“I have to admit that I am not impressed with the manner in which the SAPS are dealing with matters of such grave concern,”
CHARGES against a local businessman, Neo Sediti, who allegedly threatened to kill his estranged wife, were removed from the court roll yesterday morning.
Kimberley Magistrate Pauline Coollen rapped the police over the knuckles after the State prosecutor admitted that he did not have the docket from the investigating officer yet.
“I have to admit that I am not impressed with the manner in which the SAPS are dealing with matters of such grave concern,” said Coollen.
According to the State prosecutor he was unable to get the docket from the investigating officer (IO) because the latter was on leave.
“When I spoke to the IO, he indicated that before he went on leave, there were two subpoenas that still needed to be issued and he was not sure whether this had been done. He referred me to another police official, who was also not at work when I went there.”
The State prosecutor asked for a postponement until the IO returned from leave.
Sediti’s defence lawyer, however, objected to a postponement, adding that when the prosecution was ready to continue with the case, they could subpoena his client.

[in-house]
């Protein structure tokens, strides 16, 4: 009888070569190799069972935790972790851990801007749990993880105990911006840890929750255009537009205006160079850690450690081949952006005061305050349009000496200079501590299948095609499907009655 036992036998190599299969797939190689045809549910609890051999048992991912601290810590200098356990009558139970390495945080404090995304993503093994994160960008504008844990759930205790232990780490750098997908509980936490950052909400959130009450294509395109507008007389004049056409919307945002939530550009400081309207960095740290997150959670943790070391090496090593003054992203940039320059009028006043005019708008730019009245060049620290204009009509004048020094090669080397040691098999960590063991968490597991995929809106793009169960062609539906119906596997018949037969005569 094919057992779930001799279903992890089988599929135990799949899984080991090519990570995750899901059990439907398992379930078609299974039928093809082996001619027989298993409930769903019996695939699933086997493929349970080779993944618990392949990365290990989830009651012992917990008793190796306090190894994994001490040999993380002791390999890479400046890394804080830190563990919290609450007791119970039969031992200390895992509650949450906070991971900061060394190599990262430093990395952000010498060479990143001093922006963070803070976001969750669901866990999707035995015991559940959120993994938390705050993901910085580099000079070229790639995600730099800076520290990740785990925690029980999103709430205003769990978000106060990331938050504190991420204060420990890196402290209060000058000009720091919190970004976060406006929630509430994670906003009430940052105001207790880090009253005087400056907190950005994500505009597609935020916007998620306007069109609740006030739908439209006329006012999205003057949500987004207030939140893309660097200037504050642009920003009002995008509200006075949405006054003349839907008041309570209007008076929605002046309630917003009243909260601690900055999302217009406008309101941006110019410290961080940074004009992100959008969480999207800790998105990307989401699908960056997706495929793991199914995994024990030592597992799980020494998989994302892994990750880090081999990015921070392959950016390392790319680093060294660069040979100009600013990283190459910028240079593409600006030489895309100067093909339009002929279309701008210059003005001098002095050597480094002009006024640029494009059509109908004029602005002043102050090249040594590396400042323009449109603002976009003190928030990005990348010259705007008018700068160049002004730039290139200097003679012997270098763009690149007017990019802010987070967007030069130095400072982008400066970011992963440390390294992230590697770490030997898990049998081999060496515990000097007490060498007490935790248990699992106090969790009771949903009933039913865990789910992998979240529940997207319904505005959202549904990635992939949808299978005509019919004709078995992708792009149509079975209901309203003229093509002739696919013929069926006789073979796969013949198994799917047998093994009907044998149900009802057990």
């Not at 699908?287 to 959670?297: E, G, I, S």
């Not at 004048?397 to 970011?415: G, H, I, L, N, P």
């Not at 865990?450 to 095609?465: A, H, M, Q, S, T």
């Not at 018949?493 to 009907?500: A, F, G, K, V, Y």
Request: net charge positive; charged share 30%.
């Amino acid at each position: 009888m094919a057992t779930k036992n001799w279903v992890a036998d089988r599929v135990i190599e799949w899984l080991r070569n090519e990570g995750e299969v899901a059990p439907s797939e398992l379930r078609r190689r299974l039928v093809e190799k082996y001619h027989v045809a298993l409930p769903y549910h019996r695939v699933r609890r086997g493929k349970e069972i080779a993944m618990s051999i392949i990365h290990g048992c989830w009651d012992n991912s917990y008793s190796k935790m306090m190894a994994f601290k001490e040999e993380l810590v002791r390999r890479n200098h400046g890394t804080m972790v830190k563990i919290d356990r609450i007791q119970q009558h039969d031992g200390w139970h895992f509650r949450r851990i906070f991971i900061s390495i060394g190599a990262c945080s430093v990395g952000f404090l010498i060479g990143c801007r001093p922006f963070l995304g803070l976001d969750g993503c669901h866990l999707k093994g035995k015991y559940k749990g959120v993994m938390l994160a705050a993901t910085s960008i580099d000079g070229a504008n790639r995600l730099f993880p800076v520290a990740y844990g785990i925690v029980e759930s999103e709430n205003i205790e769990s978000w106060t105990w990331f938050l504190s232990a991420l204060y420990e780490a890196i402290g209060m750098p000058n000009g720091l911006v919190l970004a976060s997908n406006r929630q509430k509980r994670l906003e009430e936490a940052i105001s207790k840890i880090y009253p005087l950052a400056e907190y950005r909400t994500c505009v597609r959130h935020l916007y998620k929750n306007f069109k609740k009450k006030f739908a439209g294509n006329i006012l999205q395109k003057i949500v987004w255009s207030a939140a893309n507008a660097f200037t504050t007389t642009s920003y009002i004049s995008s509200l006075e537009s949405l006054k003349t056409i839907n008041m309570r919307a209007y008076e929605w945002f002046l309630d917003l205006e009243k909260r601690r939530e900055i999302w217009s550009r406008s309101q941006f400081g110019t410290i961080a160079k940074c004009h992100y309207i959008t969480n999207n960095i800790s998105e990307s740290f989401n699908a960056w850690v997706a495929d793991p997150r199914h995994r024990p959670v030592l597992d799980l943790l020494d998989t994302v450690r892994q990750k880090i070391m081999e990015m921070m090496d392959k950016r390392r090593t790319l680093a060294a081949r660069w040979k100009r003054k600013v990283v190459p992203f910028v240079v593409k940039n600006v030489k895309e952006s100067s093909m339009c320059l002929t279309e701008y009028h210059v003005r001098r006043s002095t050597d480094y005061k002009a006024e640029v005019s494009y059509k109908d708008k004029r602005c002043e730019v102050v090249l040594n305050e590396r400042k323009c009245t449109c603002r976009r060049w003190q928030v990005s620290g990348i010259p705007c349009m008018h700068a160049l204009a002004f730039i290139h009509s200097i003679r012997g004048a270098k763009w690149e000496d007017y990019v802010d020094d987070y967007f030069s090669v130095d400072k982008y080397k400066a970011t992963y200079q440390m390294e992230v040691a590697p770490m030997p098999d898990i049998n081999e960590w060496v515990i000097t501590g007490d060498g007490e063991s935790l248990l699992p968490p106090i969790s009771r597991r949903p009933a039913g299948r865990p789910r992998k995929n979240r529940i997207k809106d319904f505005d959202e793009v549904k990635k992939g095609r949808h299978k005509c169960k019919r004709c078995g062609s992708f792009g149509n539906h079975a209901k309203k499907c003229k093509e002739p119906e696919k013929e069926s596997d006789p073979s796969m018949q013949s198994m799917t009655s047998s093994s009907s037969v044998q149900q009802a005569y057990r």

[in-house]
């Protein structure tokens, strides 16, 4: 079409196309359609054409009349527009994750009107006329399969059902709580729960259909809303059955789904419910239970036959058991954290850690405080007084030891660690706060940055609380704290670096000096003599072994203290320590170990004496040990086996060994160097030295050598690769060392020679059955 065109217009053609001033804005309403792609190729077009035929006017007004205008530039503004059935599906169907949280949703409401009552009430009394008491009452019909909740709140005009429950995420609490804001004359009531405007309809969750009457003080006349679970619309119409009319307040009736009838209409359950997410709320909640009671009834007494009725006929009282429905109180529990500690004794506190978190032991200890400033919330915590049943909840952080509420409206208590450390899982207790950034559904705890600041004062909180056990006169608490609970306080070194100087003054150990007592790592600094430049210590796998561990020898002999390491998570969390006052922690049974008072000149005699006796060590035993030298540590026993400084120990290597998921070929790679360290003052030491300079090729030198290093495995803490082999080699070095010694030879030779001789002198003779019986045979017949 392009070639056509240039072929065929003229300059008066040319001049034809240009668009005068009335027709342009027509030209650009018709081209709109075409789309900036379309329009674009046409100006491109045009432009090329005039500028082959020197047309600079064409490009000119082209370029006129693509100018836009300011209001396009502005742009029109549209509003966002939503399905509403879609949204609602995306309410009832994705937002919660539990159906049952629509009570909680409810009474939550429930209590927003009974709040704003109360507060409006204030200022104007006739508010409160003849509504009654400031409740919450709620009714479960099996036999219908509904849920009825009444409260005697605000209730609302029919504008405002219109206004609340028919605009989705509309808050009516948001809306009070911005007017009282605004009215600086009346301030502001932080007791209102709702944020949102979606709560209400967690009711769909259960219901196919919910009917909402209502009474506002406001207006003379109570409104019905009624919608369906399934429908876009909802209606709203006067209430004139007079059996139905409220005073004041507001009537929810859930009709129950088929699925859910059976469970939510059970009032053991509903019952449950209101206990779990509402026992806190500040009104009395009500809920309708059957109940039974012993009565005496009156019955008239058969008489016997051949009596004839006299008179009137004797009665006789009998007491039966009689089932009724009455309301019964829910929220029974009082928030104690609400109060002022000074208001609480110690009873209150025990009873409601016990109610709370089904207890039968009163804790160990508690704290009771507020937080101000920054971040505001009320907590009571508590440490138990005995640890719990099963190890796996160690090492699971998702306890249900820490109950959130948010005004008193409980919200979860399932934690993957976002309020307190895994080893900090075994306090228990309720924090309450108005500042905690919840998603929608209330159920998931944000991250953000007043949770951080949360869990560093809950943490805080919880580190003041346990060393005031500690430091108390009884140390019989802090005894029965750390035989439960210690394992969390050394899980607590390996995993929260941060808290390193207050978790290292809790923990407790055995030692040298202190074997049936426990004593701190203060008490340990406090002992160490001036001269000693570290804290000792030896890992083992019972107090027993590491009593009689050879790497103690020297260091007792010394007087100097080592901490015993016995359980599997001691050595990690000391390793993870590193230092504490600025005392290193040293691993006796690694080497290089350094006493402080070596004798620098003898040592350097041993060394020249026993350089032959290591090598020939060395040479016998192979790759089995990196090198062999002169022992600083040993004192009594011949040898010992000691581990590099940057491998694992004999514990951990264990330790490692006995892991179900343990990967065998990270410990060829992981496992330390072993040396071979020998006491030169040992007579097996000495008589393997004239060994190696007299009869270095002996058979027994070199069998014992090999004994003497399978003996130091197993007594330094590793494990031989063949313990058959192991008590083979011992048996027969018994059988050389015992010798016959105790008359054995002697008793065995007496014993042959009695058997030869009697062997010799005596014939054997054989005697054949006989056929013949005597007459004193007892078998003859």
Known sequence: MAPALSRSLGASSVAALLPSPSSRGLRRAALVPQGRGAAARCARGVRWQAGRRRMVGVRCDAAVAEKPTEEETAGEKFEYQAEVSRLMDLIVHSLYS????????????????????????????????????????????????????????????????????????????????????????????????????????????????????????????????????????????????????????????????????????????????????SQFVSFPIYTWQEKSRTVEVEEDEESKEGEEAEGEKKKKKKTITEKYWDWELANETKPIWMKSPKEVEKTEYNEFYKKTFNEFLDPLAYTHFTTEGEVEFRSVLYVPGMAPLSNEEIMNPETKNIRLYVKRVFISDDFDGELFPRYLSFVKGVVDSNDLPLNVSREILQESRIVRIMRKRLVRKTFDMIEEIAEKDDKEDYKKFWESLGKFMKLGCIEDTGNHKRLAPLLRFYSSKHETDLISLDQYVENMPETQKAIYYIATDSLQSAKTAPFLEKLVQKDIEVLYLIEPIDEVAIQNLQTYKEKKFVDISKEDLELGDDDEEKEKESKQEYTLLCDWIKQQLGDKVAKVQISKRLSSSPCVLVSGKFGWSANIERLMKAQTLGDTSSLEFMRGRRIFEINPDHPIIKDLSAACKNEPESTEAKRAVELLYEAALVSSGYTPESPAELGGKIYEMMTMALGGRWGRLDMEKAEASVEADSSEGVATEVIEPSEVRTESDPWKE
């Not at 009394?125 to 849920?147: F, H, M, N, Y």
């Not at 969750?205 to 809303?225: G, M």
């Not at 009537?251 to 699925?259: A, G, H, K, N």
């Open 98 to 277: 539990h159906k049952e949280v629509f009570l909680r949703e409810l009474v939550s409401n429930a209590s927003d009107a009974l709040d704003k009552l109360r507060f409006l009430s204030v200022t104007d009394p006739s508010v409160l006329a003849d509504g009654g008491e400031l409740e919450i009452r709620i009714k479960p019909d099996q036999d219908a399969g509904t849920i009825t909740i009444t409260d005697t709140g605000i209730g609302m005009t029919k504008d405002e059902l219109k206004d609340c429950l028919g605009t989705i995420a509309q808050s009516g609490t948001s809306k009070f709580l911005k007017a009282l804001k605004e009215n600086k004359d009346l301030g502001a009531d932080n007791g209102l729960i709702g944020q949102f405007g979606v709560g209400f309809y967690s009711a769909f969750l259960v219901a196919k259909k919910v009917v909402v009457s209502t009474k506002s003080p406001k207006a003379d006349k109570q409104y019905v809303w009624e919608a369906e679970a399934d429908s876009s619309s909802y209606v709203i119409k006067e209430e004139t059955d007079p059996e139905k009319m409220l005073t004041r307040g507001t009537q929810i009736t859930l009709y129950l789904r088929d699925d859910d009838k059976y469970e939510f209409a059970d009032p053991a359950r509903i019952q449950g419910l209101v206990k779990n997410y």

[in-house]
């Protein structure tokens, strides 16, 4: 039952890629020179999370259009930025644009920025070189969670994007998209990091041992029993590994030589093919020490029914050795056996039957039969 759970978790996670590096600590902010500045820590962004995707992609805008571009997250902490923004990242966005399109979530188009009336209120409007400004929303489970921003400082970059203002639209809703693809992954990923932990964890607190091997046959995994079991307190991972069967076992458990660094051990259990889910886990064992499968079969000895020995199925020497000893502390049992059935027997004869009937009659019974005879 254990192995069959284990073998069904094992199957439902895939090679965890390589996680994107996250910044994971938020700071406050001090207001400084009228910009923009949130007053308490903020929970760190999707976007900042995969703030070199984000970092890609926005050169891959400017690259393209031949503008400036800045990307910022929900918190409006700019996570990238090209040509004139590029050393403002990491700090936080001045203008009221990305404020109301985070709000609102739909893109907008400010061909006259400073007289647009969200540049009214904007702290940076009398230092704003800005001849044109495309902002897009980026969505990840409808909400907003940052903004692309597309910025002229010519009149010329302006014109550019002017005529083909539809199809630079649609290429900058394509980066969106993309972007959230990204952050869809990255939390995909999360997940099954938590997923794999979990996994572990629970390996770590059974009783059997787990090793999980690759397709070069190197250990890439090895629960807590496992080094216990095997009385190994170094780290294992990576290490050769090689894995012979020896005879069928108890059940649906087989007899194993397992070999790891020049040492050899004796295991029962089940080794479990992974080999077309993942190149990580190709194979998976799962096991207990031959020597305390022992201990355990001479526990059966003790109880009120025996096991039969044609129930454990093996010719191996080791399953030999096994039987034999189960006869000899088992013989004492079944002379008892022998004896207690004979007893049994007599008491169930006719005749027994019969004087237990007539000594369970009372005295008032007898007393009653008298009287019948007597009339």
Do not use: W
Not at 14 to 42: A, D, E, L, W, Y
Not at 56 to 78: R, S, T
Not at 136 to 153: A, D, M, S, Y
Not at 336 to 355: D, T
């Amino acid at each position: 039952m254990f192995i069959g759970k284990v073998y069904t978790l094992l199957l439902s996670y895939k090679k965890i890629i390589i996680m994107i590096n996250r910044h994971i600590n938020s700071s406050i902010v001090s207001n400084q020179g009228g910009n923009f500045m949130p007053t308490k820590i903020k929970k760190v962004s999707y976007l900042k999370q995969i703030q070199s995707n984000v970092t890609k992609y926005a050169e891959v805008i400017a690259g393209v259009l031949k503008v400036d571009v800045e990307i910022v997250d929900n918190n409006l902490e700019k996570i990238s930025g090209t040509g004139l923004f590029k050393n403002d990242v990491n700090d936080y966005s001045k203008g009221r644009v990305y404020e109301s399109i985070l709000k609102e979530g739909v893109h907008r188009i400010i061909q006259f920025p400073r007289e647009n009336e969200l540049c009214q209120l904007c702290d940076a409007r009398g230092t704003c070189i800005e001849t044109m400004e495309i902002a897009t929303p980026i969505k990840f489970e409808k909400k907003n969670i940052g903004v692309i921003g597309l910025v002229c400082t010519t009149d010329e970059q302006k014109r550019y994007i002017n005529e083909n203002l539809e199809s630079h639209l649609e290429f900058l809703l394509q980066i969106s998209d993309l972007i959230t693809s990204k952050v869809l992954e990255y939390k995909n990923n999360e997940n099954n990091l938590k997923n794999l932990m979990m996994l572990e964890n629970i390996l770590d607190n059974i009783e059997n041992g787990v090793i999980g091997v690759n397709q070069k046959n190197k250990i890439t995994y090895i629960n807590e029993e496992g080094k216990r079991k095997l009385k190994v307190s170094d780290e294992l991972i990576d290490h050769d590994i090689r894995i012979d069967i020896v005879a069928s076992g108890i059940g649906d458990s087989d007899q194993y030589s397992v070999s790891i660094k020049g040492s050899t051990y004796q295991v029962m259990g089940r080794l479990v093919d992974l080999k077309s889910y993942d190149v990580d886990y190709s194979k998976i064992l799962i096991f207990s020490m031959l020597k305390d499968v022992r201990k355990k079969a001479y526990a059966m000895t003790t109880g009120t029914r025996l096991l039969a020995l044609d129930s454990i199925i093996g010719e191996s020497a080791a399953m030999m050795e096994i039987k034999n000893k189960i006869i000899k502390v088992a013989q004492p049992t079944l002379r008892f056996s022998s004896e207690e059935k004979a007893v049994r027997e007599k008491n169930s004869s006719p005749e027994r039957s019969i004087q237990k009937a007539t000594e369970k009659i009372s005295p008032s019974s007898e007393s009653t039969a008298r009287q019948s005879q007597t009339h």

“This case was remanded for a 205 (which relates to the issuing of subpoenas) already on March 14 – that is more than a month ago,” Coollen pointed out. “It is an extremely long time and the IO could not have been on leave all this time. At the very least, the court should have some indication of what is happening with this case.”
Coollen added that she would not allow a postponement and would remove the matter from the roll.
“There is no docket – the prosecution cannot take place without a docket. If the State was able to indicate at least what is in the docket and what progress has been made then the court could have taken that information into consideration and made a decision about whether to grant a postponement. The State, however, is not even in possession of the docket.”
Sediti, 35, was informed that he could leave. “You are free to go,” Coollen told him.
Sediti was facing charges of intimidation and harassment, where he allegedly threatened to kill his estranged wife, and contravening a protection order that was obtained in 2014 and later amended in 2017.
The charges related to an incident that took place on January 28 at about 2.45am, when Sediti allegedly contacted the complainant, his estranged wife, Lucinda Sediti, while she was standing with friends outside Samy’s Wholesalers.
He apparently interrogated her and demanded that she reveal the identities of the men who had accompanied her and later threatened to kill her as well as the men with whom she was conversing.
She requested the police to escort her home, where they found the accused waiting for her.
Sediti, who is the majority shareholder of Sediti Closed Corporation, was granted bail of R6 000 during an earlier court appearance in February.
Lucinda, who was in court yesterday, supported by a family member, said she “didn’t know what to say”.
“I am disappointed that the case has been removed from the roll, but it’s okay. I just hope that he will not come after me again. I knew this was going to happen.”